Useful Sass Mixins for Responsive Design, Font Sizing and More

Here at Divshot we're huge fans of Sass, a powerful CSS3 preprocessor with attitude. To quickly build our new landing page I took advantage of some nifty mixins I collected from around the web in addition to the myriad of mixins available in Compass.

Responsive Media Queries

To handle the responsive design I used Bootstrap's responsive default/fluid grids along with Sass 3.2 for content blocks inside mixins. This allows you to include blocks of CSS inside your media queries, like so:

The Sass Way has a great article on responsive design mixins written in SCSS. Here's my Sass mixin with support for phone, tablet portrait, tablet landscape, large desktop, non-retina and retina (improved thanks to Stefan Wrobel):

This mixin makes it simple to add media queries anywhere in your CSS rather than grouping the rules in one media query for each device. It's much easier to build and maintain your stylesheet this way. Look how clean the CSS looks using Sass notation:

The only possible disadvantage I've noticed is the bloat of duplicate media queries when processed to CSS. Perhaps in a future version of Sass duplicate media queries can be grouped (@buffer) and added to the generated stylesheet. Unfortunately the CSS profiler in Chrome doesn't give you any insight into media query performance so I decided to group the media queries manually in a separate stylesheet. Both stylesheets clocked in under 80ms with similar performance and file size, so luckily the difference appears to be negligible for most use cases.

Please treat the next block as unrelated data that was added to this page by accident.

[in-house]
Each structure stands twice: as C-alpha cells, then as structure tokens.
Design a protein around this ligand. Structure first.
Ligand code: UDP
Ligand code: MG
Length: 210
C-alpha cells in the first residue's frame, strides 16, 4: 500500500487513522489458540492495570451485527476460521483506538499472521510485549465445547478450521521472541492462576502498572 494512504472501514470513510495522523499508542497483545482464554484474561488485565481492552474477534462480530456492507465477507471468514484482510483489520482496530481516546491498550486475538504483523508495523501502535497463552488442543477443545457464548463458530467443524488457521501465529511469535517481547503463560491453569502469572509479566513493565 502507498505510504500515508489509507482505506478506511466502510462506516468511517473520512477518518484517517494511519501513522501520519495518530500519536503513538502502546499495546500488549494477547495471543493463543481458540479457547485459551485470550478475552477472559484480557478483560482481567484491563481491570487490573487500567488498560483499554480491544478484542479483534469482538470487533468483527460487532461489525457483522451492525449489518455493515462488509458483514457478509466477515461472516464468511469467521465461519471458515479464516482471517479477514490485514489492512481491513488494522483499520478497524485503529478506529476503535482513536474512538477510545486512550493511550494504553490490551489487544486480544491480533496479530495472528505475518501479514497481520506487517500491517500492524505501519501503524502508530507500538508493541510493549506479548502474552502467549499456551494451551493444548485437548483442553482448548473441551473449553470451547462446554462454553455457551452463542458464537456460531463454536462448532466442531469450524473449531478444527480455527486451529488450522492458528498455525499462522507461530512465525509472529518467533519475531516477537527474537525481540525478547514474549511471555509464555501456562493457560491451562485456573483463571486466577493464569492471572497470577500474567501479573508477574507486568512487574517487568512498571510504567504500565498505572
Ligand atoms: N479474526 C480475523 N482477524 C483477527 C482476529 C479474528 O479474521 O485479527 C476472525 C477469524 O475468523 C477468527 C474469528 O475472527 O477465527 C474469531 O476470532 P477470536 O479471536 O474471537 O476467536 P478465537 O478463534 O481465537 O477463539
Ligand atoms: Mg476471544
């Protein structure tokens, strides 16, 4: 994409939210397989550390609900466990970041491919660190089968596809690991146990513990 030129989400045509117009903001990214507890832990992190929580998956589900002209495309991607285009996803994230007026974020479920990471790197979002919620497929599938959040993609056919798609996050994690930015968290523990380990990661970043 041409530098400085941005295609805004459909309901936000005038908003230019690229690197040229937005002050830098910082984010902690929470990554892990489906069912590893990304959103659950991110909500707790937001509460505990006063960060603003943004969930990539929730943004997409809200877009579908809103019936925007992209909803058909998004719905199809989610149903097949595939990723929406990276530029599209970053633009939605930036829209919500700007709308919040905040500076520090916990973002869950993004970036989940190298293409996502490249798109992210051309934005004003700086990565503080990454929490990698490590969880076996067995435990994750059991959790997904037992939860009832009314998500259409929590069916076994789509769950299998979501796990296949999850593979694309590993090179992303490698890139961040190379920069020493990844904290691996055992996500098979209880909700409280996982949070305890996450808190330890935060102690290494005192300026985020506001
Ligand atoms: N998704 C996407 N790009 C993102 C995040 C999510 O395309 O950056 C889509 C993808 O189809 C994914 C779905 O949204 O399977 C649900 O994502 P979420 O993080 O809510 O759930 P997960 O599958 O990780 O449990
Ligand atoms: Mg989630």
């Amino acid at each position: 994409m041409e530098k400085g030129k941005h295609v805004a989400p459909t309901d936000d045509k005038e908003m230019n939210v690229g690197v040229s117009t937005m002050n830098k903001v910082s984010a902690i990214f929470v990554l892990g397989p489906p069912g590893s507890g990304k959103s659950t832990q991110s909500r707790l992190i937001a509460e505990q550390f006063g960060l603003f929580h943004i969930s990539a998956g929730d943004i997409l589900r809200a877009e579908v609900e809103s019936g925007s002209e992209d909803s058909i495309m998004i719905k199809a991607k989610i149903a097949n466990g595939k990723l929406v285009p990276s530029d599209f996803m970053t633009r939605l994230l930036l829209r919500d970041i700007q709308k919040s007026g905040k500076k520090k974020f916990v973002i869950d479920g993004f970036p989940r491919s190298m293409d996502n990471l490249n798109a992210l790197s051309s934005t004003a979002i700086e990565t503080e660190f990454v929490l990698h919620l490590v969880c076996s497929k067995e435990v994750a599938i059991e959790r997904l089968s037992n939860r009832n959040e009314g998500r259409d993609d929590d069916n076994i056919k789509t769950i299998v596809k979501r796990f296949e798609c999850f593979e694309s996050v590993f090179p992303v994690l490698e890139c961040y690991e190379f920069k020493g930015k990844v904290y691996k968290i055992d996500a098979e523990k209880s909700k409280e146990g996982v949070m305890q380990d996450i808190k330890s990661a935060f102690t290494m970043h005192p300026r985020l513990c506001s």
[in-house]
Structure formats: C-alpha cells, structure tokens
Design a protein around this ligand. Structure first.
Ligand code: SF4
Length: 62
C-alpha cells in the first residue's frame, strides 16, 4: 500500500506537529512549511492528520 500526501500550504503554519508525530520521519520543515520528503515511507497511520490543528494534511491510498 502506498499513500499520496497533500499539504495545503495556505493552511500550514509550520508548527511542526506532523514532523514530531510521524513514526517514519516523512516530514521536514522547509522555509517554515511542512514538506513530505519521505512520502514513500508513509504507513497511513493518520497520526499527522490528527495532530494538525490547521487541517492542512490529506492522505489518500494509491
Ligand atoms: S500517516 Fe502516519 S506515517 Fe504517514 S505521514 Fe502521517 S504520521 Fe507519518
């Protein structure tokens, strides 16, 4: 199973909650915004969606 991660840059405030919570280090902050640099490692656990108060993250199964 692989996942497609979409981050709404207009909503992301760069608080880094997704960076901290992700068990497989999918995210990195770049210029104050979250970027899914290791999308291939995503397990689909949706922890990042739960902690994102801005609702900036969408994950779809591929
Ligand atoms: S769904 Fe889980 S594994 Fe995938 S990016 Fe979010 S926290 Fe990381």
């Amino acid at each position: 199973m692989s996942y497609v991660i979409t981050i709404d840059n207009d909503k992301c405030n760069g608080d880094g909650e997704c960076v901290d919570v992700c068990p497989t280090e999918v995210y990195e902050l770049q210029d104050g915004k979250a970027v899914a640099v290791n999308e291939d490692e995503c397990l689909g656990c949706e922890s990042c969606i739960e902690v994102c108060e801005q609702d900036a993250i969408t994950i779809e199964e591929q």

Rem Font Sizing and Family Sets

Rem (root em) is a new sizing unit introduced in CSS3. Here's the difference between em and rem in a nutshell:

  • Em: The size is relative to the parent element.
  • Rem: The size is relative to the root element .

We've been using ems and percentage-based font-sizes to deal with IE since 2004. Now we can use the rem unit to make things a lot less confusing:

To support IE7 and IE8 we'll need to fall back to pixels. This is where a mixin comes in handy, courtesy of CSS-Tricks:

You'll notice I also included line-height to speed things up even more. So now we can use the following CSS:

Here's a basic mixin for font-family sets. Occasionally I'll use multiple Typekit font families:

Utility Mixins

If I decide not to reset margin and padding for elements such as list items right away (for whatever reason), typing out "margin: 0" and "padding: 0" can be a monotonous task. I usually rely on a snippet in TextExpander to handle this. Alternatively you can use a mixin:

When I want to hide text to make way for an icon or other graphic (image replacement) I habitually go for overflow: hidden and text-indent: -9999em. A new way via Nicolas Gallagher would be to use the following mixin:

Compass also appears to have more detailed mixins available for image replacement but pay careful attention to how it handles background images.

And that's all for now! Click here for more information on Sass mixins via the documentation.


9/24/13: Fixed post links and updated the media query mixin. Thanks Stefan Wrobel!